Veteran broadcaster reflects on ZBC sacking

John Masuku in conversation with Trevor Ncube recently

Veteran broadcaster John Masuku says he never regretted being fired by ZBC at the pinnacle of his career because he saw it coming.

Masuku (JM), who is also a media consultant and radio trainer, was one of the several top radio and television personalities that were sacked by the state broadcaster in the year 2000.

He told Alpha Media Holdings chairman Trevor Ncube (TN) on the platform In Conversation with Trevor that the retrenchment opened better opportunities for him.

Below are excerpts from the interview.


TN: John Masuku, welcome to In Conversation With Trevor.

JM: Thank you very much Trevor. It is so nice to be with you in conversation.


TN: Hahaha. You know Bra John, when I was reading your profile you took me back to what our generation calls the good old days.

The days of Maguire Godzongere, Webster Shamu, Wellington Mbofana, Ephraim Jemba and Musi Khumalo. What a group of talented people, which is where you come from.

JM: Yes, a lot of talent there. I joined in 1974 as youngster straight from a secondary school.

 I would not say high school  because the rest of my education I had to continue while I was on the job.

So, it was quite exciting, and I think I joined almost at the same time with James Makamba who  was on the commercial side.

In those days we had a number of private commercial houses where the Ephraim Chambas you are mentioning, the Wellington Mbofanas, the Steve Kavaise’s, the Sam Matambos  had moved to...


TN: John Matinde?

JM: Yes. They started off at the RBC African Service, and then moved to those commercial houses.

Their programmes were all broadcast on the same service.

So yes, those are people who we worked with, and some of us remained on the service, reading news and doing soccer commentaries and early morning shows.

I was a DJ for some time you remember, I was called Legal Johnny Be Good, and so forth very exciting times indeed.


TN: Very exciting times. You know when you look at where we are right now, in terms of our profession what goes through your mind John?

JM: Well, I see a lot of changes.

Progressive changes, and some having been a build-up on what we did in the old days.

I always believe that times change, and when you look at them you know they will not always be the same.

I tell people that I worked under, I think should be four governments.

When I joined it was the Rhodesia Broadcasting Corporation, under Ian Smith, and then later on there was the short-lived Zimbabwe-Rhodesia, which was (Ian) Smith, (Chief) Chirau, (Abel) Muzorewa and so forth.

Then at independence we had the government of prime minister Robert Mugabe, and now we have the second republic.

So, all those have different characteristics that you cannot ignore, and different promises that they have given to the media and structures that they have come up with.


TN: As you are talking right now, I closed my eyes almost, I can hear you on Radio 2. All those beautiful programmes that you used to present to us, absolutely amazing. I mean I did...

JM: Let me put it this way Trevor; you imagine me on the RBC African Service first time, I do not know how old you were, and then I moved over to the news department to do Radio Newsreel, The World This Week, as well as read news on television.

On Radio 2 I would come back mainly for the special events, like the Prime Minister’s Question Time, you know the special events of the coming back of the heroes of the national struggle to be reburied in Zimbabwe and so forth.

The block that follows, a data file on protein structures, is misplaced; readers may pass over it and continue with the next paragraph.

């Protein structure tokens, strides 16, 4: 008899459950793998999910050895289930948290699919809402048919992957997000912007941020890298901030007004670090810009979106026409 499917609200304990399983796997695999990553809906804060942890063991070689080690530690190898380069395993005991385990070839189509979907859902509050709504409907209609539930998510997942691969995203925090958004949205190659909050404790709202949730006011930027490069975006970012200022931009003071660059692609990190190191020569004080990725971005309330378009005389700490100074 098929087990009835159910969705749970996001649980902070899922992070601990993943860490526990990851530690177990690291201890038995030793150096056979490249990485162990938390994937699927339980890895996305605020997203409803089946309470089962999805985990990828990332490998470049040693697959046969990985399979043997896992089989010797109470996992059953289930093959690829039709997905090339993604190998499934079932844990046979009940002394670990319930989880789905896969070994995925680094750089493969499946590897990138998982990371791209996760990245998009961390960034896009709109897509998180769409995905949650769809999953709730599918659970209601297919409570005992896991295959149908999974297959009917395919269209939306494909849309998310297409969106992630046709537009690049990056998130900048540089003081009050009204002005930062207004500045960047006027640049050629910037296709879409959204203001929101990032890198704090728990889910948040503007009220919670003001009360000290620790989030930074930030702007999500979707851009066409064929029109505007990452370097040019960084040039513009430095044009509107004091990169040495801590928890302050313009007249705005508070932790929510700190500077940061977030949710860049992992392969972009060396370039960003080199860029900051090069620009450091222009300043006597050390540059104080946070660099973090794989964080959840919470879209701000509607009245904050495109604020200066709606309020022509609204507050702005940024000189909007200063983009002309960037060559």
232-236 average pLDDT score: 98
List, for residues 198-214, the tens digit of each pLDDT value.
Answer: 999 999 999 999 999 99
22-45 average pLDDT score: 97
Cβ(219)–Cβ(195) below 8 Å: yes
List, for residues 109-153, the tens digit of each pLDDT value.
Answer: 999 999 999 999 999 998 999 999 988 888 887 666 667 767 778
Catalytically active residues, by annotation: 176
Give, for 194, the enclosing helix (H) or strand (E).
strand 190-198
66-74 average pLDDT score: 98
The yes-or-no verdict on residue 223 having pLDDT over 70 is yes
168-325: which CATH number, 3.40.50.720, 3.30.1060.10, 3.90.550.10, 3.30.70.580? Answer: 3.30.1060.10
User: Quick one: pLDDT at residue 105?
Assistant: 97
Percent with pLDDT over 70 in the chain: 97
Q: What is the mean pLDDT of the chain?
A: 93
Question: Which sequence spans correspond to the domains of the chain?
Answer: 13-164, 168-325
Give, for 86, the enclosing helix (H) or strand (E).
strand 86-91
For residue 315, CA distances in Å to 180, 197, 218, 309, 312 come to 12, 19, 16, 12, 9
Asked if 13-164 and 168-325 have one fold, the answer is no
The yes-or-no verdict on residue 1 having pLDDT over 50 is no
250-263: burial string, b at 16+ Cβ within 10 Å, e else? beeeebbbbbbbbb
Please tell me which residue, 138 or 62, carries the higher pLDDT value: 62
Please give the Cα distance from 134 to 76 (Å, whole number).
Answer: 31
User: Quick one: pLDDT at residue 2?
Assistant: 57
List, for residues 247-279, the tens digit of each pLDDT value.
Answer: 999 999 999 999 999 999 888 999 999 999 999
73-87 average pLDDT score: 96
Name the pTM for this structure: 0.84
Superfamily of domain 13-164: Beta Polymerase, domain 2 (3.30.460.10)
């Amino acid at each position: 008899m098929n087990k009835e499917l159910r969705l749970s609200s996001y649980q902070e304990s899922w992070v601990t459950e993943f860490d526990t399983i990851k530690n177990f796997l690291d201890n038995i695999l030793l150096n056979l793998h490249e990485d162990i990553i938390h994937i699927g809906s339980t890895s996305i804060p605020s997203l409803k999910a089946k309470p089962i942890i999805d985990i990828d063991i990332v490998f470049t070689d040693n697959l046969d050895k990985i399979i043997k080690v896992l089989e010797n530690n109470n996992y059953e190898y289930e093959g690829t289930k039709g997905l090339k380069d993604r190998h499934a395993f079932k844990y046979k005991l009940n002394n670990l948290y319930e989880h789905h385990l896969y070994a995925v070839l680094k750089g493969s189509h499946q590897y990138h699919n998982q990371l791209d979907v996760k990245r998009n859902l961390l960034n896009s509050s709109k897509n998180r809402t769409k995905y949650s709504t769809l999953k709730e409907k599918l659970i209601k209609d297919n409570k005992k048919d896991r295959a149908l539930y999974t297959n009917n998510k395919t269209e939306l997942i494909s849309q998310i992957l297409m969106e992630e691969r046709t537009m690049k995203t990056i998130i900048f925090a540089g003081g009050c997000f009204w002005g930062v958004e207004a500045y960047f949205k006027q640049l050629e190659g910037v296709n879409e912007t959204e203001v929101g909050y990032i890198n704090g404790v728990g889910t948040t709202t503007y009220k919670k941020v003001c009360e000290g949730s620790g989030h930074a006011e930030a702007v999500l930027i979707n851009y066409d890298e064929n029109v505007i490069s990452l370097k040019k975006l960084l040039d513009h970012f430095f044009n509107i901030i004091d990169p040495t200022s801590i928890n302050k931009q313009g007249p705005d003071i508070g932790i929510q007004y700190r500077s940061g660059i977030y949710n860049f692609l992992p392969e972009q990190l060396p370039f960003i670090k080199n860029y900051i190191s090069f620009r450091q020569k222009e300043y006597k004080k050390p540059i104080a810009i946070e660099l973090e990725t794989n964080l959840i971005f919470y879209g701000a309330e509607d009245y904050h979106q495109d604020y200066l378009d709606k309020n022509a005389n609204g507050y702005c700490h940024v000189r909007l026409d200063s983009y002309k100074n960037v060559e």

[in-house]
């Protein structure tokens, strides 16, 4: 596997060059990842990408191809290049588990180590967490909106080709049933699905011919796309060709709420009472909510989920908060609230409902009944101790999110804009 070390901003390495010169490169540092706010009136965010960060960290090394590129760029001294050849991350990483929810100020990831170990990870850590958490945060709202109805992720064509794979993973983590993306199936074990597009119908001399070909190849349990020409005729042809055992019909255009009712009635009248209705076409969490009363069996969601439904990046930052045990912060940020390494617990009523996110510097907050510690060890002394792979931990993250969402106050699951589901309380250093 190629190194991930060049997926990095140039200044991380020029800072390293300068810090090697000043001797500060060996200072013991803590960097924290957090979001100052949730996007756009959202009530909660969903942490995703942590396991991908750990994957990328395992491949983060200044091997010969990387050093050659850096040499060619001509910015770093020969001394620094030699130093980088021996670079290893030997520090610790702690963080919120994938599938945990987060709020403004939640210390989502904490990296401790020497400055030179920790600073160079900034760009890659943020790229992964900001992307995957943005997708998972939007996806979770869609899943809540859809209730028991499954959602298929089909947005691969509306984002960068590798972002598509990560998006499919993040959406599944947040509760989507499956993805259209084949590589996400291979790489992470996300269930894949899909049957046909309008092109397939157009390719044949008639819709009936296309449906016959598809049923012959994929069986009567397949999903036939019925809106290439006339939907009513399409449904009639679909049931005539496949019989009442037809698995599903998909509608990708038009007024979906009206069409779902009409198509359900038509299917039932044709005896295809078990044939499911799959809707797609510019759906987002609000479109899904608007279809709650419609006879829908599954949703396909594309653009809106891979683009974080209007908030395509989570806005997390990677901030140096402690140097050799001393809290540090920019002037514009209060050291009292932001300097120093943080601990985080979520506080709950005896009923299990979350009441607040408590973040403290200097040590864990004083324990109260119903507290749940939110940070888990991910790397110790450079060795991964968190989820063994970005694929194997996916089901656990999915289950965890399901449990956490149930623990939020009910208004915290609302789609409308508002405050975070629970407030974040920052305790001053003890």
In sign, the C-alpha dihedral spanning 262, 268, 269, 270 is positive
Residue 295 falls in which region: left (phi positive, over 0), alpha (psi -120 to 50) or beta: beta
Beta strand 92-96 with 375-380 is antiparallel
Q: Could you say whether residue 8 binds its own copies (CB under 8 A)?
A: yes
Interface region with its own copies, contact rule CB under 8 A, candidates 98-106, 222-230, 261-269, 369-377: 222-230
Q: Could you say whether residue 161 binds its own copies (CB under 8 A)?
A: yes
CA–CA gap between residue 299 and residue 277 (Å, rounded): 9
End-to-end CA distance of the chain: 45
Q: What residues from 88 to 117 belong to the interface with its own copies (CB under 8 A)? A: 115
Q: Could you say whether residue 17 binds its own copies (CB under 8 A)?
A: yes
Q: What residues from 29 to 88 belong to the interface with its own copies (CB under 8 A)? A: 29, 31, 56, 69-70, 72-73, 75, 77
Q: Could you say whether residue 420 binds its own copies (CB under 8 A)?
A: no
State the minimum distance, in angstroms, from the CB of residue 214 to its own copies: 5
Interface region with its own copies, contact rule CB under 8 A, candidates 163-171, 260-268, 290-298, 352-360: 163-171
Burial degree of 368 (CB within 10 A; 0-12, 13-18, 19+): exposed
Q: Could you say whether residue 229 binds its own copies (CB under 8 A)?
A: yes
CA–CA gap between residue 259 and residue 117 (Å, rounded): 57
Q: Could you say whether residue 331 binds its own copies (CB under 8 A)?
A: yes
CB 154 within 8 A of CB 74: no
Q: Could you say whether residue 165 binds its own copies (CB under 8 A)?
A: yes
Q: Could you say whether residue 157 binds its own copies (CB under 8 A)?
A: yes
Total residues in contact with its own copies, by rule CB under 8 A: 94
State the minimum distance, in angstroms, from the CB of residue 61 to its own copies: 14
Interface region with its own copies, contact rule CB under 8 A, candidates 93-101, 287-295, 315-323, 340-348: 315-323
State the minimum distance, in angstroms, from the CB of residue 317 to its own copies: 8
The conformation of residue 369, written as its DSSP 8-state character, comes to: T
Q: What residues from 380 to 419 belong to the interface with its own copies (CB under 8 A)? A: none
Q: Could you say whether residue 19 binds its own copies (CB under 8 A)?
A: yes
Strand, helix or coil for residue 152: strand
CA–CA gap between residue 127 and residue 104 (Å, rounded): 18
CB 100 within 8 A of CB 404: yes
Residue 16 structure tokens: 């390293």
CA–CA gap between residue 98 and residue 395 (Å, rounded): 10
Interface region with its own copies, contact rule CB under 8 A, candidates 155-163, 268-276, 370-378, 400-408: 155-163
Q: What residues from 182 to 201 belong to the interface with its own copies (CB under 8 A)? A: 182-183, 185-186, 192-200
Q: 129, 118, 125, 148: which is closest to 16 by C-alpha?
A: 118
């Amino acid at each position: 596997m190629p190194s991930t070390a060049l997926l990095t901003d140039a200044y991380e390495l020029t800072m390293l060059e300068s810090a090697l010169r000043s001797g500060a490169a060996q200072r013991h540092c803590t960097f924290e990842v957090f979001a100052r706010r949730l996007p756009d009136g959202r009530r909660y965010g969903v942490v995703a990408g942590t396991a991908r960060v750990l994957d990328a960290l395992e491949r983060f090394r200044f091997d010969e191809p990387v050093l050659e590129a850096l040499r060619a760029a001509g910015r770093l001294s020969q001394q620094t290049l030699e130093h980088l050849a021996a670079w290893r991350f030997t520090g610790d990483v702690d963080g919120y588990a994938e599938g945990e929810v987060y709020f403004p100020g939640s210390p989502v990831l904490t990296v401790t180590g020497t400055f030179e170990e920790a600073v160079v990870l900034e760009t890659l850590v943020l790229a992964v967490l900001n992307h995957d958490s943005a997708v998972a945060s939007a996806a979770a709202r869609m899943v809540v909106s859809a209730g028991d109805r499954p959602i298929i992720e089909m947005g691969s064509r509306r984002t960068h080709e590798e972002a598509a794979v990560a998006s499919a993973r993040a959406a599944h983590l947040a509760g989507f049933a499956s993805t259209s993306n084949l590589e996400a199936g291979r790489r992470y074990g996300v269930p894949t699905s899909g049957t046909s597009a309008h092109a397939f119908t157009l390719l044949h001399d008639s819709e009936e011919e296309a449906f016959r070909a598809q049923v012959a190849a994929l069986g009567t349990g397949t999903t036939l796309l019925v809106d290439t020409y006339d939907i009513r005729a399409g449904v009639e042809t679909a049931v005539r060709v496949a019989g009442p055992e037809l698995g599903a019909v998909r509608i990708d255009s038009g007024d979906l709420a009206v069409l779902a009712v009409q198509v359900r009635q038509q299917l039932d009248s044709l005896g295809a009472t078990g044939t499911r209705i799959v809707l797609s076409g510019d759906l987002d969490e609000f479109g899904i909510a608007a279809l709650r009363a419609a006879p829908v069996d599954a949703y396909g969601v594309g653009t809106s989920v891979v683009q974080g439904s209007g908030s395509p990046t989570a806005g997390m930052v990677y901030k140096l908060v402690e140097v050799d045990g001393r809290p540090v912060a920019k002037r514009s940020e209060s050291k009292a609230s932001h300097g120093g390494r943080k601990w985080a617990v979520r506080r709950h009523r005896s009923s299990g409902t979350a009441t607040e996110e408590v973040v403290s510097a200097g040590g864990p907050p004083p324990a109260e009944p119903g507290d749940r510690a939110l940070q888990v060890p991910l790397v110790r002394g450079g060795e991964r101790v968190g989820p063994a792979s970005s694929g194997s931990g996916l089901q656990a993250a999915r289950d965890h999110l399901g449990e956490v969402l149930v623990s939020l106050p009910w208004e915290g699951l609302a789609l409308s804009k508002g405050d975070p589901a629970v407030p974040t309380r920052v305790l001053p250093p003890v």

I am so proud that I was given that opportunity of covering most of the important events.


TN: Wow. You are part of our history, aren't you?

JM: Thank you very much.


TN: I mean you have lived through all of it. You have had a front row seat of witnessing our history.

JM: Yes, it's exciting because although I was working inside the country, I also followed the radio because I always try to bring radio in its holistic sense.

Talk about radio, the radio that we were doing here inside the country, in Rhodesia, but there was also radio outside Zimbabwe by our brothers and sisters who had crossed borders, who were running stations in Ethiopia, in Russia, in Angola, in Mozambique, and so forth.

So, lest we forget, that is also part of our history because those same people are the ones who then came to lead radio at independence.


TN: I talk about you as being part of our history; and I will take you to an uncomfortable space now, which is also part of our history because it defines in many respects what has happened to this country.

The year is 2000, you clash with the minister of Information and Publicity in the President’s Office, Jonathan Moyo. Walk us through, set the scene for us.

What had you done? What had he done?

JM: Well I will contextualise. I know my colleague Tapfuma Machakaire, whenever he writes, he likes including that story because I was with him.

First of all, I had forgotten about it until I read it in his book Nose For News.

And then quite recently he was writing about me as the international campaign coordinator for World Radio Day for Unesco.

What had happened was that we were meeting, and those were the days the government was preparing to open the airwaves and the minister had come to Bulawayo because at that time I was the controller of Montrose Studios in Bulawayo.

So, we had a discussion, my former lecturer, Professor Jonathan Moyo, one of my best lecturers in political science you know.

We met, and when we were discussing opening up of the airwaves and they were saying yes let them be open and we have many players and so forth, he did not immediately agree with me and that is what, my friend Tapfuma then went on to write about.